Of course, dogs can also have impacts on livestock, particularly sheep, so we’ll be looking at what dogs are eating too (through various means including scat analysis) and how they use the public- and private-land interface (along a gradient from outside to inside the Big Desert / Wyperfeld park region).
Two honours students (Thomas Healey and Jessica Lawton) will also be starting work in the region very soon. Tom will be examining predator-predator interactions, and Jess, the response of small mammals to the presence of predators and fire. Together these studies will build on previous research in the region. And, as always with this type of work, we’ll be looking for eager volunteers to help us out.
Lastly, a piece of advice, when you travel to the Victorian desert in June, don’t forget your sleeping bag, imagine how cold that would be…!
Authors: Leila A Brook, Christopher N Johnson and Euan G Ritchie
Apex predators can benefit ecosystems through top–down control of mesopredators and herbivores. However, apex predators are often subject to lethal control aimed at minimizing attacks on livestock. Lethal control can affect both the abundance and behaviour of apex predators. These changes could in turn influence the abundance and behaviour of mesopredators.
We used remote camera surveys at nine pairs of large Australian rangeland properties, comparing properties that controlled dingoes Canis lupus dingo with properties that did not, to test the effects of predator control on dingo activity and to evaluate the responses of a mesopredator, the feral cat Felis catus.
Indices of dingo abundance were generally reduced on properties that practiced dingo control, in comparison with paired properties that did not, although the effect size of control was variable. Dingoes in uncontrolled populations were crepuscular, similar to major prey. In populations subject to control, dingoes became less active around dusk, and activity was concentrated in the period shortly before dawn.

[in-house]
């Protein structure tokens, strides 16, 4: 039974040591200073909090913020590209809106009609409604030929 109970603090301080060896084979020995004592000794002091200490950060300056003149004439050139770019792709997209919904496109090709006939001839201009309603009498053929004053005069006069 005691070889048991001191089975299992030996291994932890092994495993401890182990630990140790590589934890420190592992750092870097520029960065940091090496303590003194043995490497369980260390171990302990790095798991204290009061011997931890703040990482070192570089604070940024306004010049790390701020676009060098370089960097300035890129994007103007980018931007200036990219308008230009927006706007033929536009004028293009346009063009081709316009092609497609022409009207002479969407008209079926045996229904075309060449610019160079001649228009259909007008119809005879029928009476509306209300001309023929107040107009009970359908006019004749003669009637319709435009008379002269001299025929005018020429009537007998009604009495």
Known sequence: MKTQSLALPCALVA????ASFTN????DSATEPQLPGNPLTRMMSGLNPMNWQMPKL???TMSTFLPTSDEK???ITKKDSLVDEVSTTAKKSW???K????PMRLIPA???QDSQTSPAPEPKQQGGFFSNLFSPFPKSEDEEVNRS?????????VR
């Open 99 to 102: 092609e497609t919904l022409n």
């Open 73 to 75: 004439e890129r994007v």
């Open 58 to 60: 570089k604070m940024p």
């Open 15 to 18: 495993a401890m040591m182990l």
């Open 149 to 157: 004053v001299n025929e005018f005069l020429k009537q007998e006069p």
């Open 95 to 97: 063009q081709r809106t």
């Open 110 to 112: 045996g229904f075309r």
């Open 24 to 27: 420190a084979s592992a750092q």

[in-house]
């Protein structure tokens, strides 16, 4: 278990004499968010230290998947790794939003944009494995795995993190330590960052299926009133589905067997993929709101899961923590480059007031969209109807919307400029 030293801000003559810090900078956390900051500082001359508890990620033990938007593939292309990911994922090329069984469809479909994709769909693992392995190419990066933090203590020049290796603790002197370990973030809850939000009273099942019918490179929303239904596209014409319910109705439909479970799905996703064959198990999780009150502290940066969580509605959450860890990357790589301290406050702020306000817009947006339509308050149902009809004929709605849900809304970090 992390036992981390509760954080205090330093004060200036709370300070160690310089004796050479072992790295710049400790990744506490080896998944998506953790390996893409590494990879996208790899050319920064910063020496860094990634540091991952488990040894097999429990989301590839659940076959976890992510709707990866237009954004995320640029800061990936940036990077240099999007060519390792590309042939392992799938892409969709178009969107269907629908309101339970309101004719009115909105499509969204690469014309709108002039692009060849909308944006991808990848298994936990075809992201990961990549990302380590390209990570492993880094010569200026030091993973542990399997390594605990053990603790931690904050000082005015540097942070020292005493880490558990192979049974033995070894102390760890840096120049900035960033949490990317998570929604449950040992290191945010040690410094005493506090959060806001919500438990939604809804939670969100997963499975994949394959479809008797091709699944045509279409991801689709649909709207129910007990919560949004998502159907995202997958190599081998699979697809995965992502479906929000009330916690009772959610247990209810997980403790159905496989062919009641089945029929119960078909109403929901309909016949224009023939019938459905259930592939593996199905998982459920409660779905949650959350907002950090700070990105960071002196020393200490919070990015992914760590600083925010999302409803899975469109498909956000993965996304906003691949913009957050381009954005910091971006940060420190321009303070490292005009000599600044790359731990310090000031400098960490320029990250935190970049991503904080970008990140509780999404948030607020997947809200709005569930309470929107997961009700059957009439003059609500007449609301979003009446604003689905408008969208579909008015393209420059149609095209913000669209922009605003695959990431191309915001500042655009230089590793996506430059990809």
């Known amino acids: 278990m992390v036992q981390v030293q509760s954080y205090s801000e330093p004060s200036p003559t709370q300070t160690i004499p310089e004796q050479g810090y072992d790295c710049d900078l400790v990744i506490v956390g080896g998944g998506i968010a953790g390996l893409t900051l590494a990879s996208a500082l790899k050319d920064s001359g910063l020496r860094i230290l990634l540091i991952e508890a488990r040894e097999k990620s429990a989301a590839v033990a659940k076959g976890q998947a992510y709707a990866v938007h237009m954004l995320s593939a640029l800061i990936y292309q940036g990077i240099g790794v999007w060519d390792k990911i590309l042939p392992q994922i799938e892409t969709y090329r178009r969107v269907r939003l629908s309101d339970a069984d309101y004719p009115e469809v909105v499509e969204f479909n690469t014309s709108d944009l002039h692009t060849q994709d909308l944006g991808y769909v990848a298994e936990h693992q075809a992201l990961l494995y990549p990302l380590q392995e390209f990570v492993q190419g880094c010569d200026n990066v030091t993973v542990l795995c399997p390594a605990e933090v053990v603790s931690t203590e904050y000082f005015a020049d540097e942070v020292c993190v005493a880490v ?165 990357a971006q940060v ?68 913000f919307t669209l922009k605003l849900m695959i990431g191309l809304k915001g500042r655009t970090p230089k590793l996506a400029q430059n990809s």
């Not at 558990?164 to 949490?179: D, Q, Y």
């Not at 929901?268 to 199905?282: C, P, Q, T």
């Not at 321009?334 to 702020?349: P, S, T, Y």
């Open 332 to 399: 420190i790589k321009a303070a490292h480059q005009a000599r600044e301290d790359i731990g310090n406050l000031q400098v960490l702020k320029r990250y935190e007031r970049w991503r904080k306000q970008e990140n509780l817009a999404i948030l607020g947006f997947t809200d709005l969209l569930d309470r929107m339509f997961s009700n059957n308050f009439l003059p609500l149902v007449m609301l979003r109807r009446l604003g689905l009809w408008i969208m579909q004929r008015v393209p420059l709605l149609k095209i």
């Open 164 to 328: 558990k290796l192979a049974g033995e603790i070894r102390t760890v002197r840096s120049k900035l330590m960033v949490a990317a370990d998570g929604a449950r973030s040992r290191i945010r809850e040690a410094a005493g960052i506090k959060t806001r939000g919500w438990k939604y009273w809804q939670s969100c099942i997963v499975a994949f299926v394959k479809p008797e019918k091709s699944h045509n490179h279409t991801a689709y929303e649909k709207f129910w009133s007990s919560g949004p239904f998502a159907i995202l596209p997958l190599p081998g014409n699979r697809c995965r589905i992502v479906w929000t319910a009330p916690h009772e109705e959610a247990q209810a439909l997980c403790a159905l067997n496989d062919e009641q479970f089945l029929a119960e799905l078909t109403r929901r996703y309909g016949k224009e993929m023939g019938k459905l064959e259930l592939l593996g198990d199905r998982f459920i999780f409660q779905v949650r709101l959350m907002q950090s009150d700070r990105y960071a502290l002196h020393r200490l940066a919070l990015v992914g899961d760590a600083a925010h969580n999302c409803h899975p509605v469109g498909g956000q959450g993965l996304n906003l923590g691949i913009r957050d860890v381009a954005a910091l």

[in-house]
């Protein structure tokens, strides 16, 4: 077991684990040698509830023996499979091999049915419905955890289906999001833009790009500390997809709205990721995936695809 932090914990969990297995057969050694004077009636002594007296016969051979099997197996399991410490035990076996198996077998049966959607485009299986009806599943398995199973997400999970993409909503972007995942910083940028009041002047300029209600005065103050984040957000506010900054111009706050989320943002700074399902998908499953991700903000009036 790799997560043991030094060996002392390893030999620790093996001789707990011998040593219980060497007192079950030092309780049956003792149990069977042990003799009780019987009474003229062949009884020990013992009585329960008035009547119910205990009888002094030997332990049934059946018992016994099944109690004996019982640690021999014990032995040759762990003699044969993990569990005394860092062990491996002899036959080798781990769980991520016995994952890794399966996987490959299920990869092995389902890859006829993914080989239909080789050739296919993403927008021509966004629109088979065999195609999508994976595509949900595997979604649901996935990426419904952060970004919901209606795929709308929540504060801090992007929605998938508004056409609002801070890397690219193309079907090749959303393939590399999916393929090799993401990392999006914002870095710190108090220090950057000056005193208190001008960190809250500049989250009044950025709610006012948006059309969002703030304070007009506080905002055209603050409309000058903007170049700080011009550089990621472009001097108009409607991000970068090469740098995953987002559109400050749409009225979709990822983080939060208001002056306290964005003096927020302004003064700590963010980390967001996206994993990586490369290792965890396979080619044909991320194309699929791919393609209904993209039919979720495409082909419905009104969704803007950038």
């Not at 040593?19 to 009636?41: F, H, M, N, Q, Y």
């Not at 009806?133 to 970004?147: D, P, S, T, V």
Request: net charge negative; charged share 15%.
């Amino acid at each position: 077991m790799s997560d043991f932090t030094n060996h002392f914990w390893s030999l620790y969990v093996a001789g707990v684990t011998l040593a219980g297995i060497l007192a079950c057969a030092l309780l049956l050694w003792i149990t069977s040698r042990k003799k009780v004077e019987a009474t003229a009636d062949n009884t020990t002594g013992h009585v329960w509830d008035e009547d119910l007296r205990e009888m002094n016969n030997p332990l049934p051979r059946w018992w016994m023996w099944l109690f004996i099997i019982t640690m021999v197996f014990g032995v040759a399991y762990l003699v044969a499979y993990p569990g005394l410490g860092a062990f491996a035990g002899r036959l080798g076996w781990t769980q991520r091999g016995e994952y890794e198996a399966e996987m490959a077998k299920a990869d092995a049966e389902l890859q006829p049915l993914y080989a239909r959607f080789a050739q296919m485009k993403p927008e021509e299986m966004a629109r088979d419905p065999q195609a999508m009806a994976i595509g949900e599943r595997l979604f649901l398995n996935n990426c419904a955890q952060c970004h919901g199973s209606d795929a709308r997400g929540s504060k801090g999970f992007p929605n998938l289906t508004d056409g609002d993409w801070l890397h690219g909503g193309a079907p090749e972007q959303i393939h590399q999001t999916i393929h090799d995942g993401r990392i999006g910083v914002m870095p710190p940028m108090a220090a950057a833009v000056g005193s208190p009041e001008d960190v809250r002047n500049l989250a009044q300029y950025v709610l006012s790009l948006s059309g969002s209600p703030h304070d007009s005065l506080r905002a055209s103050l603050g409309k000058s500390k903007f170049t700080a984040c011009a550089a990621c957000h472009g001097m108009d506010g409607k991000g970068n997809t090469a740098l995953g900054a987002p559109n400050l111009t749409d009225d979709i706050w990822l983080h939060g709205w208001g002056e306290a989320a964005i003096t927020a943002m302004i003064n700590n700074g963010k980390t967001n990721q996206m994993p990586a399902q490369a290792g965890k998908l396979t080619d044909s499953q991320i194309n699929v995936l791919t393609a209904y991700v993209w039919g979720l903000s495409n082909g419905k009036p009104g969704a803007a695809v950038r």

Shifts in feral cat abundance indices between properties with and without dingo control were inversely related to corresponding shifts in indices of dingo abundance. There was also a negative relationship between predator visitation rates at individual camera stations, suggesting cats avoided areas where dingoes were locally common. Reduced activity by dingoes at dusk was associated with higher activity of cats at dusk.
Our results suggest that effective dingo control not only leads to higher abundance of feral cats, but allows them to optimize hunting behaviour when dingoes are less active. This double effect could amplify the impacts of dingo control on prey species selected by cats. In areas managed for conservation, stable dingo populations may thus contribute to management objectives by restricting feral cat access to prey populations.
Brook L A, Johnson C N, Ritchie E G (2012) Effects of predator control on behaviour of an apex predator and indirect consequences for mesopredator suppression. Journal of Applied Ecology, 49: 1278–1286. doi: 10.1111/j.1365-2664.2012.02207.x
The 5500 kilometre long dingo fence is a monument to predator xenophobia and costs millions of dollars annually to maintain, but is it worth it?
It turns out the dingo is a sorely under-utilised weapon in our feral animal arsenal. Pretty much everywhere we’ve looked across Australia, when dingoes are abundant, foxes and cats aren’t, and native marsupials are. It’s called the mesopredator effect, and highlights the important role of predators in maintaining healthy ecosystems.
After some of our comments to the mainstream media were ignored or taken out of context, Corey Bradshaw and I are setting the record straight on dingoes in Australia and how we choose to manage them.